Jonathan Tyler on Finding Peace After Legal, Label and Alcohol Battles - Rolling Stone
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Jonathan Tyler on Finding Peace After Legal, Label and Alcohol Battles

Newly sober singer was forced to drop his band’s name, the Northern Lights, after eight years

Jonthan Tyler

Jonathan Tyler faced a lawsuit if he didn't drop his band name of eight years, the Northern Lights.

Lindsay Lohden​

Jonathan Tyler didn’t drop his band name, the Northern Lights, out of sheer vanity or a desire to focus the attention all on himself. He did it because he didn’t have $50,000. After recording as Jonathan Tyler and the Northern Lights since 2007, a left-field lawsuit forced the Texas-based roots rocker to move on without the moniker — because it was one battle he couldn’t afford to fight.

“An attorney out of Minnesota hit us up,” Tyler explains to Rolling Stone Country, “and was like, ‘I had a band in the Seventies called the Northern Lights. So you can’t use this, or we’ll sue you.’ But then later he came back to us and said, ‘OK, you can use it — but it’s going to be 50 grand.’ Well, shit. I don’t have that kind of money sitting around. We’re not the Rolling Stones.”

Tyler’s upcoming record, Holy Smokes, will be the first to be released under his name alone — and his first for Thirty Tigers, his new home after a deal with Atlantic ended when he realized the major-label partnership wasn’t exactly a match made in artistic heaven.

“They wanted to pick the songs and pick the producer, and that’s not me,” Tyler says. “I understand it works for a lot of people, but for me it didn’t work. We recorded tons of songs, but soon it became clear we weren’t going to get anywhere together.”

Defeated, he retreated to alcohol: Everything felt a little easier a few beers in. “I was drinking myself into oblivion all the time because I was so frustrated with life in general,” he says. “And I thought, at a certain point, something’s gotta give. I’m going to end up killing myself, or something really bad will happen.” He moved to Los Angeles, cleaned up and came back to Texas when he was ready to record again. He funded the making of Holy Smokes by playing constant gigs and using the money to pay for studio sessions. It took months.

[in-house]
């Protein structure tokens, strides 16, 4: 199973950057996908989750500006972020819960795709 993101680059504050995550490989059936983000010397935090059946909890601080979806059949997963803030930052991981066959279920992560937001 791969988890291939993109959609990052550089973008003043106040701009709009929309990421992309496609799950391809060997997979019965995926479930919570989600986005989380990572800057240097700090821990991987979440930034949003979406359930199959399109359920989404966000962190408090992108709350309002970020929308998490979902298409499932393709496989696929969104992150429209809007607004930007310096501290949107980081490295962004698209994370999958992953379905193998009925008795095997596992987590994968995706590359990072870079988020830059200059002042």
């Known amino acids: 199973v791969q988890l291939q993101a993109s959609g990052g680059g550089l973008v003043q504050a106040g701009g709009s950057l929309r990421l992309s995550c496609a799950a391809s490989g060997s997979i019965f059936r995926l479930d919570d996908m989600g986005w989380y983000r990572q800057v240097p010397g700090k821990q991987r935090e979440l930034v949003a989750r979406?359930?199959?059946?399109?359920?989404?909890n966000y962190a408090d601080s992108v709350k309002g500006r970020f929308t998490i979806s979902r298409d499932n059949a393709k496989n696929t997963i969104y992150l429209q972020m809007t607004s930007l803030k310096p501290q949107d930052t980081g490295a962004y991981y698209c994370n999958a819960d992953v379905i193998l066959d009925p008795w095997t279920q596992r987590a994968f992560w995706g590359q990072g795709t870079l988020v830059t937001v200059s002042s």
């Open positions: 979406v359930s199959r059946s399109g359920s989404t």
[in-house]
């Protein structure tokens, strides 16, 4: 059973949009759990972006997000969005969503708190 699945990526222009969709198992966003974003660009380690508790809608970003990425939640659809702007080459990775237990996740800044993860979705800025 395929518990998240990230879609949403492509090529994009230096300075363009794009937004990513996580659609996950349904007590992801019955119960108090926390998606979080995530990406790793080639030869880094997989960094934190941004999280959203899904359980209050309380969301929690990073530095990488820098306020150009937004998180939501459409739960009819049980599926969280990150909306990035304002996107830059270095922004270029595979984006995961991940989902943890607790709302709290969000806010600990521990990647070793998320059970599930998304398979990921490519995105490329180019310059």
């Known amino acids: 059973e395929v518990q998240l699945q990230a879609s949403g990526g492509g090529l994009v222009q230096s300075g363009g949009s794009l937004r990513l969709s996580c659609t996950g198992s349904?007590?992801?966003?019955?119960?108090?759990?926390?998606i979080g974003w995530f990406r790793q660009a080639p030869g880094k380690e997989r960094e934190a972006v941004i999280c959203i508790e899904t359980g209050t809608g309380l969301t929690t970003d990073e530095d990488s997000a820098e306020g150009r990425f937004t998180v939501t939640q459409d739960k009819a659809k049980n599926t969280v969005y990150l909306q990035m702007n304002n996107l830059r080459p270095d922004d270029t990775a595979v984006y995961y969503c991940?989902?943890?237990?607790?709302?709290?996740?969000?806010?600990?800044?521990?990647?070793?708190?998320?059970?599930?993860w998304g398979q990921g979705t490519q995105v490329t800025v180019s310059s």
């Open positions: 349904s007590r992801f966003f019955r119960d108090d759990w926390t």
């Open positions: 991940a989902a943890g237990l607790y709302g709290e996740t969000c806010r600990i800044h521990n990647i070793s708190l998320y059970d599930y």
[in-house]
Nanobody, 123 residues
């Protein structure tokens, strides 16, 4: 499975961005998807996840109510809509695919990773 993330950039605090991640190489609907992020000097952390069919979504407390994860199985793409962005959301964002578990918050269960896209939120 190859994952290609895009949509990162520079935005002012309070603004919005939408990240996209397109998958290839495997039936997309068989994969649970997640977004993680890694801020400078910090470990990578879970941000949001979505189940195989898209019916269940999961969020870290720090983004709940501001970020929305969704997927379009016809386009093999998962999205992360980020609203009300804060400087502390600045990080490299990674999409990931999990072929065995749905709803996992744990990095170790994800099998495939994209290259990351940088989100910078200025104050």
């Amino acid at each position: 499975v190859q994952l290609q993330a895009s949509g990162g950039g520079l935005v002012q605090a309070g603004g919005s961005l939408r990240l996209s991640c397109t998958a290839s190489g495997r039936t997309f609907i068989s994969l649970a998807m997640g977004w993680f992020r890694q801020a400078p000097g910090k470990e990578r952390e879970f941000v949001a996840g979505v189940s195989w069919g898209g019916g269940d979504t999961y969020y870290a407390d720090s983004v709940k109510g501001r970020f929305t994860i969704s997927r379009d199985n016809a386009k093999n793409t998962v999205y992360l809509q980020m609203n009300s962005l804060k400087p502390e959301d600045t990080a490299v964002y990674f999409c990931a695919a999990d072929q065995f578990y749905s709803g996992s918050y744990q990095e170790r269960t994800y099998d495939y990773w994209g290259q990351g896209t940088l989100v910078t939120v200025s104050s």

“I was broken, I’d lost my confidence,” Tyler confesses. “I had to find a way to make it enjoyable again and get some gratification. So I was like, ‘Fuck it. I’m going to make this thing myself.'”

Tyler had always wanted to make a record that had more of a gritty, Americana sound — his former label preferred he steer towards a modern rock approach — and he realized that this was the perfect time to capitalize on his freedom. Sure, he didn’t have the generous budget of an Atlantic deal, but he didn’t have a chorus of opinions to cater to either. For all his trials, much of Holy Smokes is loose, oozy and bluesy, with a southern-steeped Seventies sound that’s confident, infectious and playful: Songs like the piano-vamped, rodeo disco romp of “Honey Pie” would have made the Kings of Leon, circa 2003, drool. And there’s nary a teary woe-is-me weeper about getting run down by the Man. Even the album’s most tender moment, the Nikki Lane duet “To Love Is to Fly,” is about the beauty lingering beneath dangerous relationships.

Appropriately, Tyler’s tour kicks off in Texas this week. He’ll be on the road through fall with a stop at Nashville’s Americana Music Festival in September. As for that name, it’s the same band, the same players, and Tyler wasn’t about to get caught up in another battle. It’s a new era for the singer, anyway: Free of restraints, the chokehold of alcohol and no one to report to but his own instincts. Plus, “maybe in a few years that guy [who filed the lawsuit] will be cool,” he laughs, “and be like, ‘OK, fine. I’ll take five grand.”

In This Article: Jonathan Tyler


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